Well, Ruby & Python are just like islam & Judaism or vim & Emacs.
They're very similar, yet distinct, and once you've chosen one path, it's hard to take another.

I'm really good at using Ruby, know the inner workings, wrote many plug-ins and applications, and contributed to the project.
There are many cool projects for Python that I'd love to understand, use and contribute to.

I tried some tutorials for Python, but it feels like a waste of time when I already know a OO high-level scripting language.

A common compiler would be really cool, but I don't know if it is even possible.

Re:Tell me one thing this brings to the table (0)

Anonymous Coward | more than 2 years ago | (#39941009)

Well, Ruby & Python are just like islam & Judaism or vim & Emacs.
They're very similar, yet distinct, and once you've chosen one path, it's hard to take another.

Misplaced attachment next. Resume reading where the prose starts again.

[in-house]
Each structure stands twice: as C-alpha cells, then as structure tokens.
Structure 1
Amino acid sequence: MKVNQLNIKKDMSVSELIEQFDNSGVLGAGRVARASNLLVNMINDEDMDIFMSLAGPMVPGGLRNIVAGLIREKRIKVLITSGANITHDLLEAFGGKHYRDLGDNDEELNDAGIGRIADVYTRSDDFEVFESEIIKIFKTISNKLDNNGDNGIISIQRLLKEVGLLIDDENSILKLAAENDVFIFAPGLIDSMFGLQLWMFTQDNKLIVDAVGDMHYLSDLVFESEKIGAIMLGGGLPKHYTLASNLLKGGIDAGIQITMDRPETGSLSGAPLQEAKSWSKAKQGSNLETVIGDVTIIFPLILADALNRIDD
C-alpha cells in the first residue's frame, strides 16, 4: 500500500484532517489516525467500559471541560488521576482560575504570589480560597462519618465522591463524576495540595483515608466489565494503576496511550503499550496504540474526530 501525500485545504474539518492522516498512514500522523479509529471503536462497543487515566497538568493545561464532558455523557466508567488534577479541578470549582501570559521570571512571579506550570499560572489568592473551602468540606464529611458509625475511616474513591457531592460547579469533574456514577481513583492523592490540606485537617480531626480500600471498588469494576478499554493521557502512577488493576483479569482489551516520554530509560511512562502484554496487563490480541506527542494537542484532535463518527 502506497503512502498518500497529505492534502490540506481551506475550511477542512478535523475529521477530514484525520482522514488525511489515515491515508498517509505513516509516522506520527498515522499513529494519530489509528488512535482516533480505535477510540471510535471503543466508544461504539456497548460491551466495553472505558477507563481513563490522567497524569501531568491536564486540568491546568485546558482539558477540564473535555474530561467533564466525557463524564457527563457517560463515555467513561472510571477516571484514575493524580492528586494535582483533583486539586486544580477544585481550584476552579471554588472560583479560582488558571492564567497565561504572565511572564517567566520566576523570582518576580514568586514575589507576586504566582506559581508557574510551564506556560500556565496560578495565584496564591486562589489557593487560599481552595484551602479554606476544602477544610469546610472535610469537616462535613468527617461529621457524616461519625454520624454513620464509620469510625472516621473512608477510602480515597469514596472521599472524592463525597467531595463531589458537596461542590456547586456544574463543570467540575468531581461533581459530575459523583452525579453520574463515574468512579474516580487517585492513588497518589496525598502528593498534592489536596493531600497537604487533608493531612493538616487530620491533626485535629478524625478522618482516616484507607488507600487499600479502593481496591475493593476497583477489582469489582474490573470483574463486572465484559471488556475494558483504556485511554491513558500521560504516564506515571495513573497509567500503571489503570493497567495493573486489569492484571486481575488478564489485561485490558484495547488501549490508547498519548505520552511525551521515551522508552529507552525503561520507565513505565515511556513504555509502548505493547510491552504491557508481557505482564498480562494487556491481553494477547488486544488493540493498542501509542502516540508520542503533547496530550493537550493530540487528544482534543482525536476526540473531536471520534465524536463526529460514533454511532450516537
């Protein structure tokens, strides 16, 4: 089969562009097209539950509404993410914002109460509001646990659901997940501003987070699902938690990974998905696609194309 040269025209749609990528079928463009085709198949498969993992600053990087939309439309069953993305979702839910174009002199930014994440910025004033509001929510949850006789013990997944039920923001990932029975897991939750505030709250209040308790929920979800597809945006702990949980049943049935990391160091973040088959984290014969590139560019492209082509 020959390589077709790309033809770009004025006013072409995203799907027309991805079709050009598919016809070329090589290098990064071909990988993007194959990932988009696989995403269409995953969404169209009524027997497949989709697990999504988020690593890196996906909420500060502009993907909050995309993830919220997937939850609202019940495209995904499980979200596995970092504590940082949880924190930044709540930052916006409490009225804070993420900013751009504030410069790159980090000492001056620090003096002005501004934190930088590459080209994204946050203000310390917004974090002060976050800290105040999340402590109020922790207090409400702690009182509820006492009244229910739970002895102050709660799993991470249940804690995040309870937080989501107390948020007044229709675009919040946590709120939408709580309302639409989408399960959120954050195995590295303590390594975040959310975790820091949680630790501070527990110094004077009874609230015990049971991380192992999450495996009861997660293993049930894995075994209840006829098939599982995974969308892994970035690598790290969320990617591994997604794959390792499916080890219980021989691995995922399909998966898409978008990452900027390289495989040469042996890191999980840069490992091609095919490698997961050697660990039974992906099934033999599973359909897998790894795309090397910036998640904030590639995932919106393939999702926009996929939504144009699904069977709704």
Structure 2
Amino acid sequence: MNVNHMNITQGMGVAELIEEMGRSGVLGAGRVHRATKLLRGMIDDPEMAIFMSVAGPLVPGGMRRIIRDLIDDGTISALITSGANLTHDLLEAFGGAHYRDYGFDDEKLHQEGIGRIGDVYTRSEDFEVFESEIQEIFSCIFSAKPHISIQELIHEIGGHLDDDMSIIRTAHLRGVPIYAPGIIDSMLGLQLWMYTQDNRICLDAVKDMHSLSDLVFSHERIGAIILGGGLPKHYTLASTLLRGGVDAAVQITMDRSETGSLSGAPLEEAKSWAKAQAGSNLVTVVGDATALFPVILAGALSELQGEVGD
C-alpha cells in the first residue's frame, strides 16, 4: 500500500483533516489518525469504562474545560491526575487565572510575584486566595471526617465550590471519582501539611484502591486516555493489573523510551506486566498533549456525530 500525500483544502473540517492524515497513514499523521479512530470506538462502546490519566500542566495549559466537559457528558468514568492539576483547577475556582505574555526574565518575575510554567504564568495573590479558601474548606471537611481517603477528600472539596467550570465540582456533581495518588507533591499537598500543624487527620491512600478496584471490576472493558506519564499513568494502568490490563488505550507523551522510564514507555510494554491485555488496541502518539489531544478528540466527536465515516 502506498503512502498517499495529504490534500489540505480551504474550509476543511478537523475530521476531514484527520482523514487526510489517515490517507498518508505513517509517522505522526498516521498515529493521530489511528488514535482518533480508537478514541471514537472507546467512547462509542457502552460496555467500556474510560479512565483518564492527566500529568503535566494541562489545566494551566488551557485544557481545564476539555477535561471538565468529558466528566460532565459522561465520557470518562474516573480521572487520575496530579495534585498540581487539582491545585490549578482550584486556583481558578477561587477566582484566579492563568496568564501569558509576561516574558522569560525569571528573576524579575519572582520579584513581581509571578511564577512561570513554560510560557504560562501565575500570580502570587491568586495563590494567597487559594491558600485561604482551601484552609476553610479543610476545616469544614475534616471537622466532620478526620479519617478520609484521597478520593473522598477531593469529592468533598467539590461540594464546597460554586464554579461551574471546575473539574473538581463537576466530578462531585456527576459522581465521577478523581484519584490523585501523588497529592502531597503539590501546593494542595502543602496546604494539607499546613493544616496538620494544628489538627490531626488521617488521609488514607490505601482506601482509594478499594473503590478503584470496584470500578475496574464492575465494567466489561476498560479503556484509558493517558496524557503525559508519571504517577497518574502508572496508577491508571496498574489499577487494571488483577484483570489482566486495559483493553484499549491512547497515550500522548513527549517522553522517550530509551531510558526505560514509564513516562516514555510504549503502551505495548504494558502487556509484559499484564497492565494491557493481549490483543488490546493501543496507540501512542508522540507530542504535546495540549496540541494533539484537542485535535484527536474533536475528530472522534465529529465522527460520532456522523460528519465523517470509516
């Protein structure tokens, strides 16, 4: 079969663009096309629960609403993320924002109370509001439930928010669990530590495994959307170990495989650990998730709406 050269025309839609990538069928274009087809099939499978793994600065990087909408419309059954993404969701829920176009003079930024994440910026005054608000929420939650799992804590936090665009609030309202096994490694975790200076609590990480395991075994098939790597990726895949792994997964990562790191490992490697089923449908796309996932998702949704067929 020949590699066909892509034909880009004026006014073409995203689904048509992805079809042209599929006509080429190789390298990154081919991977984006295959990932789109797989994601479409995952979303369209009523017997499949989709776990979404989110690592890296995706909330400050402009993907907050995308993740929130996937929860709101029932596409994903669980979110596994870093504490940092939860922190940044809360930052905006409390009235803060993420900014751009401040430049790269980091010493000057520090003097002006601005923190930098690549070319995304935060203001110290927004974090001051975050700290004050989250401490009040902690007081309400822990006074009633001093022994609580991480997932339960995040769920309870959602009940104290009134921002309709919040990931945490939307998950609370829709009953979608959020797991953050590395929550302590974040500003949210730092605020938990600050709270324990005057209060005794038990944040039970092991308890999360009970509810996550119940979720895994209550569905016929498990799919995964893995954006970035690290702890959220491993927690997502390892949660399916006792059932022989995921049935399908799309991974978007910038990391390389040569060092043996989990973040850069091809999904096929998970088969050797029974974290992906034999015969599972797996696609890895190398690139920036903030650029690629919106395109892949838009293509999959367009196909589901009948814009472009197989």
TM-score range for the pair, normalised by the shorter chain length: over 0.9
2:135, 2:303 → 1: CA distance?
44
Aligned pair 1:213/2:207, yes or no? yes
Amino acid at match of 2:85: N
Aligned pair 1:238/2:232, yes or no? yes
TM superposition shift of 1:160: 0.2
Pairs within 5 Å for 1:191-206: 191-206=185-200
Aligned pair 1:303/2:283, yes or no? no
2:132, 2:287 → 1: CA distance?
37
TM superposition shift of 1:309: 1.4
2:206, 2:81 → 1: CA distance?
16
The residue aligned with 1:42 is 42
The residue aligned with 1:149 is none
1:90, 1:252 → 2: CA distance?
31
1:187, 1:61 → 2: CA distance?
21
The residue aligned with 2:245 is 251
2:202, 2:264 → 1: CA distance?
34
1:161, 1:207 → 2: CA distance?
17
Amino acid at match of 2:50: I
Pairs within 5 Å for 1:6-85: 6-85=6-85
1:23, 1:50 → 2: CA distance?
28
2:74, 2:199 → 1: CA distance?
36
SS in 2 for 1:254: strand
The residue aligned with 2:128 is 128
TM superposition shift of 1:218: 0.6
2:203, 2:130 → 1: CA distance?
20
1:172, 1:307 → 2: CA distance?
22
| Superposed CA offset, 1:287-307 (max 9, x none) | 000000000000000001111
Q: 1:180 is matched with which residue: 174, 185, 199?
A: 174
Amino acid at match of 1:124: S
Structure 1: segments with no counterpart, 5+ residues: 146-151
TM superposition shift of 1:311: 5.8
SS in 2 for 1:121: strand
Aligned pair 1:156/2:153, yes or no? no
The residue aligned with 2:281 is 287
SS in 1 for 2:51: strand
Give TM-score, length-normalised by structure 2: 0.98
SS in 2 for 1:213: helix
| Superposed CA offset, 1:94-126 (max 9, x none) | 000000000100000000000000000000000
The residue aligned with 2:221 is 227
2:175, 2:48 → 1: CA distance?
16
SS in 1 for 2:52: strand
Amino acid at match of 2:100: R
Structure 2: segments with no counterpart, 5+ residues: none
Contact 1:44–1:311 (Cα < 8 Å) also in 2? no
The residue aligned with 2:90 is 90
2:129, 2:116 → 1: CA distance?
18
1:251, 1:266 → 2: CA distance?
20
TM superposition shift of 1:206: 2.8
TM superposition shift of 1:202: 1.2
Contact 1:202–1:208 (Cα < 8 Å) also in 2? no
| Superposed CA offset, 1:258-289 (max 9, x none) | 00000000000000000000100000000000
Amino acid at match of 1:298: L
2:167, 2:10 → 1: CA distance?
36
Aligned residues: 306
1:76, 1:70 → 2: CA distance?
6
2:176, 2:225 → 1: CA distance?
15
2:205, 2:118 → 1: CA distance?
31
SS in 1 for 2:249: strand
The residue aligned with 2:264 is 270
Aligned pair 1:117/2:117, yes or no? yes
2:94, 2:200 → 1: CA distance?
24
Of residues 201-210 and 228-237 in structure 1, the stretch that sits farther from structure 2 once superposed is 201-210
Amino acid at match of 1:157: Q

I'm really good at using Ruby, know the inner workings, wrote many plug-ins and applications, and contributed to the project.
There are many cool projects for Python that I'd love to understand, use and contribute to.

I tried some tutorials for Python, but it feels like a waste of time when I already know a OO high-level scripting language.

A common compiler would be really cool, but I don't know if it is even possible.

Its hard to get executed for converting from vim to Emacs.

Re:Tell me one thing this brings to the table (0)

Anonymous Coward | more than 2 years ago | (#39941949)

Its hard to get executed for converting from vim to Emacs.

Yeah? Then why do they call it an executable?

Do we really need this? (1)

tronbradia (961235) | more than 2 years ago | (#39938057)

This Ruby/Python thing has gone on long enough. Here we have two languages with identical use cases, identical advantages/disadvantages, and (in the grand scheme of things) almost identical properties in every way. The practical differences between them stem almost entirely from the fact that they happen to be used by different communities, so certain modules in each are much better developed than in the other.